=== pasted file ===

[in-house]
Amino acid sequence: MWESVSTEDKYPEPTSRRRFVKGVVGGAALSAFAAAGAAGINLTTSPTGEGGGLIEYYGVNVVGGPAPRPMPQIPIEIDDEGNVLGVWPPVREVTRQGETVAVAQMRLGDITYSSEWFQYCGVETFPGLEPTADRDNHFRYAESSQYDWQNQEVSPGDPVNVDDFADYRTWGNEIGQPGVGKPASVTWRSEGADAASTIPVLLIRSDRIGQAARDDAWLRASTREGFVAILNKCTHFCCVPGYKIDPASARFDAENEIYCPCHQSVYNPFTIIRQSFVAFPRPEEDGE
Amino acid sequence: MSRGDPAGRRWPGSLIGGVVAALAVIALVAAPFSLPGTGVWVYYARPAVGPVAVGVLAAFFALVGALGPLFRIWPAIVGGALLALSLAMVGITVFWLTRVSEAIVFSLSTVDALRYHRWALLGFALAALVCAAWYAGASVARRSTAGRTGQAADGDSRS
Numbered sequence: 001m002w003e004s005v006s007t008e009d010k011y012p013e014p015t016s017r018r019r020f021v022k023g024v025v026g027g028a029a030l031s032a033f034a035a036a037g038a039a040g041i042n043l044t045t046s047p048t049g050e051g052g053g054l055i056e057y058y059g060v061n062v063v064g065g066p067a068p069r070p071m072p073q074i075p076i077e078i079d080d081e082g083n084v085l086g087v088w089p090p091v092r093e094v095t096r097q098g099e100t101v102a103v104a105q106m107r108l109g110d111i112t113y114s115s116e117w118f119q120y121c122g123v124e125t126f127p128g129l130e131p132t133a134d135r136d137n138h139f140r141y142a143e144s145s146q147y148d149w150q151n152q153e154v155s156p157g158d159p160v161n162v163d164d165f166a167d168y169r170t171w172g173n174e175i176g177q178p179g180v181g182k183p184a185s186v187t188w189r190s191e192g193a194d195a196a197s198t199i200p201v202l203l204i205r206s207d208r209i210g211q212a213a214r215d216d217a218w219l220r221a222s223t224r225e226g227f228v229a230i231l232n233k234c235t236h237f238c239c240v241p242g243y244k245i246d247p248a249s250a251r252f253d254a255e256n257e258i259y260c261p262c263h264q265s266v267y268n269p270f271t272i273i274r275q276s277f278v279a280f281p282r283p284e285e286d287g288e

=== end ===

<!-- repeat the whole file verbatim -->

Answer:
[in-house]
Amino acid sequence: MWESVSTEDKYPEPTSRRRFVKGVVGGAALSAFAAAGAAGINLTTSPTGEGGGLIEYYGVNVVGGPAPRPMPQIPIEIDDEGNVLGVWPPVREVTRQGETVAVAQMRLGDITYSSEWFQYCGVETFPGLEPTADRDNHFRYAESSQYDWQNQEVSPGDPVNVDDFADYRTWGNEIGQPGVGKPASVTWRSEGADAASTIPVLLIRSDRIGQAARDDAWLRASTREGFVAILNKCTHFCCVPGYKIDPASARFDAENEIYCPCHQSVYNPFTIIRQSFVAFPRPEEDGE
Amino acid sequence: MSRGDPAGRRWPGSLIGGVVAALAVIALVAAPFSLPGTGVWVYYARPAVGPVAVGVLAAFFALVGALGPLFRIWPAIVGGALLALSLAMVGITVFWLTRVSEAIVFSLSTVDALRYHRWALLGFALAALVCAAWYAGASVARRSTAGRTGQAADGDSRS
Numbered sequence: 001m002w003e004s005v006s007t008e009d010k011y012p013e014p015t016s017r018r019r020f021v022k023g024v025v026g027g028a029a030l031s032a033f034a035a036a037g038a039a040g041i042n043l044t045t046s047p048t049g050e051g052g053g054l055i056e057y058y059g060v061n062v063v064g065g066p067a068p069r070p071m072p073q074i075p076i077e078i079d080d081e082g083n084v085l086g087v088w089p090p091v092r093e094v095t096r097q098g099e100t101v102a103v104a105q106m107r108l109g110d111i112t113y114s115s116e117w118f119q120y121c122g123v124e125t126f127p128g129l130e131p132t133a134d135r136d137n138h139f140r141y142a143e144s145s146q147y148d149w150q151n152q153e154v155s156p157g158d159p160v161n162v163d164d165f166a167d168y169r170t171w172g173n174e175i176g177q178p179g180v181g182k183p184a185s186v187t188w189r190s191e192g193a194d195a196a197s198t199i200p201v202l203l204i205r206s207d208r209i210g211q212a213a214r215d216d217a218w219l220r221a222s223t224r225e226g227f228v229a230i231l232n233k234c235t236h237f238c239c240v241p242g243y244k245i246d247p248a249s250a251r252f253d254a255e256n257e258i259y260c261p262c263h264q265s266v267y268n269p270f271t272i273i274r275q276s277f278v279a280f281p282r283p284e285e286d287g288e